Instead of fearing change, instigate it, says president and CEO of Krug Champagne Margareth Henriquez, who brought the iconic French brand into the 21st century. “For many years, we’ve lived and worked in a changing world and the key is to change before you are forced to change. In my 40-year career, I’ve implemented strategies to manage companies in diicult circumstances. I’ve learnt that being a gamechanger is about making your own original decisions, not copying others. That’s why we launched Krug ID, an app that allows today’s tech-savvy wine drinkers to find out more about the bubbly they’re sipping. To be a change-maker, it is necessary to have courage and to move fast. It is about taking risks and assuming responsibility for the consequences. If they are good, give the benefit to the team; if they are bad, own your mistake. The most important thing is to be engaged with change and communicate well. This is the responsibility of a good leader – and a good game-changer.”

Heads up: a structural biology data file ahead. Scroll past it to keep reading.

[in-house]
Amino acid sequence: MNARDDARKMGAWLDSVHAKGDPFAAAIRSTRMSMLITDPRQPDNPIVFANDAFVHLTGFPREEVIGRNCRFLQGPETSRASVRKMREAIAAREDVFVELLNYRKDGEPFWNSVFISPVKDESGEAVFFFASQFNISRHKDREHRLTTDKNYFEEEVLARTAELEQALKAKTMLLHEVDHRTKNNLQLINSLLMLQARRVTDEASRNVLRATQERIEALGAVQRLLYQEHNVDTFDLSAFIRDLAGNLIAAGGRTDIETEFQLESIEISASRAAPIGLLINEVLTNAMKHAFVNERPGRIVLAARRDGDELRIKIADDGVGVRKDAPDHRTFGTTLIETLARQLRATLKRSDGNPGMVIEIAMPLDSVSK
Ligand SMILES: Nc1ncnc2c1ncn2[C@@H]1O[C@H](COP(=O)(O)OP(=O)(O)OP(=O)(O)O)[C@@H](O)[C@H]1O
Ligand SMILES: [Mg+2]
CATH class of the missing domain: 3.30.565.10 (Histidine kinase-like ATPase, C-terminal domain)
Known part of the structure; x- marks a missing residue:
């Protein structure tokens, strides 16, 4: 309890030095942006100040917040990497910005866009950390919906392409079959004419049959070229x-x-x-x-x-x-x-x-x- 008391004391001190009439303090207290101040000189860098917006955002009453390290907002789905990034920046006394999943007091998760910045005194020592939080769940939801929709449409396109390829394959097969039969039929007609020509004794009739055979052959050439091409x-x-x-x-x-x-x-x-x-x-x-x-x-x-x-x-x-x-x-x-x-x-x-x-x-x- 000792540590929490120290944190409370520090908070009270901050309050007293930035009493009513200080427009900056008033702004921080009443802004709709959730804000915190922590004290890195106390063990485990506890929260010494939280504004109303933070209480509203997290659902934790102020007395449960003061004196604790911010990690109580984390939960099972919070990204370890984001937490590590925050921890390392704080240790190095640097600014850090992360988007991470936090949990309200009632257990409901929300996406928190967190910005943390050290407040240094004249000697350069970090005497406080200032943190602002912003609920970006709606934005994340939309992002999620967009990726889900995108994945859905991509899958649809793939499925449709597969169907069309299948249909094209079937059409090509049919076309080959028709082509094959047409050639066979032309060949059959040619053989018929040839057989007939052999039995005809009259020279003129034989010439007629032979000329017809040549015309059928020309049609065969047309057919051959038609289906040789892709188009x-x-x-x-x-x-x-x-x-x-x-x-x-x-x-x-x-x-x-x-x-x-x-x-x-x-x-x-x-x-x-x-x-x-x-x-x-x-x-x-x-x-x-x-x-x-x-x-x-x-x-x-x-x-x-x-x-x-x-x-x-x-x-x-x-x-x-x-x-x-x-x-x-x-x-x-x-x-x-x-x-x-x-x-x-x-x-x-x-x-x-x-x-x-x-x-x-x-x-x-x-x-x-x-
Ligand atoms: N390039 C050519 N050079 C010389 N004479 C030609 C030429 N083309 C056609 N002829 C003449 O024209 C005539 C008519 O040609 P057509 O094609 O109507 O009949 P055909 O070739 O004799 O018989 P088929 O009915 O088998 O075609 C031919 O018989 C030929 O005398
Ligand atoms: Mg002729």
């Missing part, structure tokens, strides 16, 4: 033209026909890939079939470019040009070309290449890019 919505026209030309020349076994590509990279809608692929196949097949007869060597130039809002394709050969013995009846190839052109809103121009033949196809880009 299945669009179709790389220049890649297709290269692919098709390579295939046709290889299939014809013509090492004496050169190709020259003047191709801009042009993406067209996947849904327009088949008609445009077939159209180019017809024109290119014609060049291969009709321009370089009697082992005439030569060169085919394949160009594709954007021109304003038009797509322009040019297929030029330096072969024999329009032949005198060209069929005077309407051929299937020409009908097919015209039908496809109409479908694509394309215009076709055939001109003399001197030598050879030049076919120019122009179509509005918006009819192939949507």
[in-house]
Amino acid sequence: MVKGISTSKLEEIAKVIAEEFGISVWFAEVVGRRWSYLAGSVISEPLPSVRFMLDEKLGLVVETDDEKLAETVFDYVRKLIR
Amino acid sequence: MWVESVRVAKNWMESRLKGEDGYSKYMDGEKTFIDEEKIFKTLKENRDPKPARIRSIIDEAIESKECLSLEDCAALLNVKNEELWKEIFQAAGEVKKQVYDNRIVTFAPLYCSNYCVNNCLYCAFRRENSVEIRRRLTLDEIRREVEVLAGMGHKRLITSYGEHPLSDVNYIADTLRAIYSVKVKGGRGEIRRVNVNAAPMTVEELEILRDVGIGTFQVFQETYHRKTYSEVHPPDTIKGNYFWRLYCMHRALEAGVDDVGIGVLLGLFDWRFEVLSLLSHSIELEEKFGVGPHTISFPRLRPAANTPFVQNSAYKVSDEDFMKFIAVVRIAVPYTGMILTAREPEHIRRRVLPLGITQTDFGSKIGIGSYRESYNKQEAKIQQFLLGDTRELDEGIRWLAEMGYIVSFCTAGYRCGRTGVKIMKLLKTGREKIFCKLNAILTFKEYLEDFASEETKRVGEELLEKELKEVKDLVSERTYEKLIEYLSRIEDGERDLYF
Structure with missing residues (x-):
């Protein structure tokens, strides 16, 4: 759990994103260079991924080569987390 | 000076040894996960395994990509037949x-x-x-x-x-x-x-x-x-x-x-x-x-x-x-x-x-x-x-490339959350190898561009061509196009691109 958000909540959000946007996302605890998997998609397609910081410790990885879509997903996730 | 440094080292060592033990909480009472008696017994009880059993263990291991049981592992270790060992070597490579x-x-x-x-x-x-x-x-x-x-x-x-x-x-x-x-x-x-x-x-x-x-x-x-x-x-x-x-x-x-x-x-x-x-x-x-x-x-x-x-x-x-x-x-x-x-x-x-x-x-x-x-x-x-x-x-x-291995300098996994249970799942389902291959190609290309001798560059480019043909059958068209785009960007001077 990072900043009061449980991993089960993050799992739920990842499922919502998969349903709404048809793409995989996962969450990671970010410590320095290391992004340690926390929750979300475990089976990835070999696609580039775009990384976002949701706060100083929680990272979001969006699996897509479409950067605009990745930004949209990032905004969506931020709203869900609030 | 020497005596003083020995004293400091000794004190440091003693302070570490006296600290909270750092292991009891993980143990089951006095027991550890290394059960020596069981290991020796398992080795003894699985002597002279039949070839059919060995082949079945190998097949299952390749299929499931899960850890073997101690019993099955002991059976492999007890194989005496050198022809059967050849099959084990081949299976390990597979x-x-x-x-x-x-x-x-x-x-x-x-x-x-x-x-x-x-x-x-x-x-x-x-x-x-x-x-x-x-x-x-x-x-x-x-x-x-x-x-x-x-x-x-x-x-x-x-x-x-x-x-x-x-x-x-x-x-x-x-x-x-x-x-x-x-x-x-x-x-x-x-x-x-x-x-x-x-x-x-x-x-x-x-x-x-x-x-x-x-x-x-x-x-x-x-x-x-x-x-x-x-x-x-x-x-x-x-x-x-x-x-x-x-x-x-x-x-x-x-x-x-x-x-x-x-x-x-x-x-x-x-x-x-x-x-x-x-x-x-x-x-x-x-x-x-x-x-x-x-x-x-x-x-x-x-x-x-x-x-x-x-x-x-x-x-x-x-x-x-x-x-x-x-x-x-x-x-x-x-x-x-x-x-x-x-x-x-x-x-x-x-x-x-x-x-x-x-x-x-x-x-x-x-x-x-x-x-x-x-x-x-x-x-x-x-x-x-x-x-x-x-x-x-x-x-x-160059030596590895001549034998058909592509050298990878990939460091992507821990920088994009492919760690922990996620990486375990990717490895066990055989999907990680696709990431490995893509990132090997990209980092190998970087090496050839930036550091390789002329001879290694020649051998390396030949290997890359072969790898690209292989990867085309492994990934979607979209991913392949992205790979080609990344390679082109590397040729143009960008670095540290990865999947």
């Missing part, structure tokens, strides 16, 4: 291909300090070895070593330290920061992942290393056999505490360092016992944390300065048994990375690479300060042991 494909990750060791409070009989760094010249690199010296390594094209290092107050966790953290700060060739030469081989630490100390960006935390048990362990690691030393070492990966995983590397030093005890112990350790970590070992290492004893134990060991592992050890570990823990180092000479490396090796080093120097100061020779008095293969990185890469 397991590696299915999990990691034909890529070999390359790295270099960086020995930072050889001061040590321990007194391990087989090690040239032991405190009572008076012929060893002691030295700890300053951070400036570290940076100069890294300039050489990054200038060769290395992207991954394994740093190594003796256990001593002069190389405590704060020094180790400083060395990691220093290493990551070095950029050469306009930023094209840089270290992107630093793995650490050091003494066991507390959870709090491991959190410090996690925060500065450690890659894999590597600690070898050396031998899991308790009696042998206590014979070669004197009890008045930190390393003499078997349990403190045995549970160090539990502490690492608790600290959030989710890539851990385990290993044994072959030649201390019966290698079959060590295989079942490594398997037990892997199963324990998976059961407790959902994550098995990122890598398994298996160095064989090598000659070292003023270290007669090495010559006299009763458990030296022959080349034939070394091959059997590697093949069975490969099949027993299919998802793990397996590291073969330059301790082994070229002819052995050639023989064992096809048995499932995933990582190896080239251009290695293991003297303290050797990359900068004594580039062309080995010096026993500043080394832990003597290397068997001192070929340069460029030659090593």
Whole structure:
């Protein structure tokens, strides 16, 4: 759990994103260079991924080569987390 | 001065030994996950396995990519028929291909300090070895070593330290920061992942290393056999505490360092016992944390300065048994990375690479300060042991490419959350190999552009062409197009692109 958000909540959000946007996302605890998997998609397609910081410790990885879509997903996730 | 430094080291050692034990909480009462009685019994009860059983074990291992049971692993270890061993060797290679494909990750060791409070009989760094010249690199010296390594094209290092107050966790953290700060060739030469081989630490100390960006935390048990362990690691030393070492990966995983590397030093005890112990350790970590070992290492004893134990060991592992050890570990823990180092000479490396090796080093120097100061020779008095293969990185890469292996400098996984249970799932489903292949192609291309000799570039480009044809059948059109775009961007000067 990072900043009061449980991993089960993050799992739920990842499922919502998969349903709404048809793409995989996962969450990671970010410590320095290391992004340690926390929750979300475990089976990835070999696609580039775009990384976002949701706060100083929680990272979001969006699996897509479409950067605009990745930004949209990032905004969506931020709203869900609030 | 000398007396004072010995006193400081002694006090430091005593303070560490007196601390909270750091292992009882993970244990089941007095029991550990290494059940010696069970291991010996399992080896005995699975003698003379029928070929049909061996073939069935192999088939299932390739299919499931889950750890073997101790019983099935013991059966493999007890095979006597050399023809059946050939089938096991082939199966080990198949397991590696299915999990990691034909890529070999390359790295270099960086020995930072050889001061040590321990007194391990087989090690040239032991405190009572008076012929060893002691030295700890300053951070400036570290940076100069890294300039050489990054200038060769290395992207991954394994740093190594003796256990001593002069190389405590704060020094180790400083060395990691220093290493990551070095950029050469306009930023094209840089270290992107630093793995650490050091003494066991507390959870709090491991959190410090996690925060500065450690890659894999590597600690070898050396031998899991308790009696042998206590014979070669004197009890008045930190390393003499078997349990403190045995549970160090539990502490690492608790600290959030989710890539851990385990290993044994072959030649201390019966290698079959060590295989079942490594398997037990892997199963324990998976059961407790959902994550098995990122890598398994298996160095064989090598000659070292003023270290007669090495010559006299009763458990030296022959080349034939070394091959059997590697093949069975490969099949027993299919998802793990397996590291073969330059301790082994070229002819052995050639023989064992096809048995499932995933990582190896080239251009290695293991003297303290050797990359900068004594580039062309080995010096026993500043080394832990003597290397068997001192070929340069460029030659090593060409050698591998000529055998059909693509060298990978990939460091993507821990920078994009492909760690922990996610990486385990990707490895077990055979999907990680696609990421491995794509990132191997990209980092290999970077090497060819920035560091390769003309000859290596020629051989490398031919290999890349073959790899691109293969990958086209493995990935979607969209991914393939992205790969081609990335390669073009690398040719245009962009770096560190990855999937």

Trash Engineer

Memory Surgeon

Solve the Earth’s rubbish problem, one Diet Coke can at a time

Remove bad memories, mental illness and destructive behaviours

Earthquake Forecaster

Medical Mentor

Predict when and where earthquakes will hit

Make sure patients are following their robotdoctor’s orders

Organ Creator

Personal Productivity Person

Create body parts with stem cell technology that doesn’t exist yet

Teach people to avoid distractions: Facebook, Instagram and Netflix

HOW TO FUTUREP R O O F YO U R CAREER

Inés Juste is the CEO of Grupo Juste, a 95-year-old Spanish pharmaceuticals company. Here she shares her advice for working in an ever-changing world. Have perseverance. What matters is not how many times we fall, but the number of times we get up again. Surround yourself with the best possible talent – people who share your values. Keep your enthusiasm up, because passion is what sets you apart. Serve others, don’t feel better than anyone else and be ready to listen. Be genuine, do what you say you will do and always speak from the heart. Be positive, because what you think and how you approach it will condition the outcome. Have a sense of humour because everything is relative. Lastly, enjoy what you do. Simple.

1 2 3 4 5 6 7 8

Hear these women and other inspiring leaders speak at the Global Summit of Women from April 26 to 28 in Sydney: globewomen.org/globalsummit marieclaire.com.au

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@WORK

How to

óUIT

successfully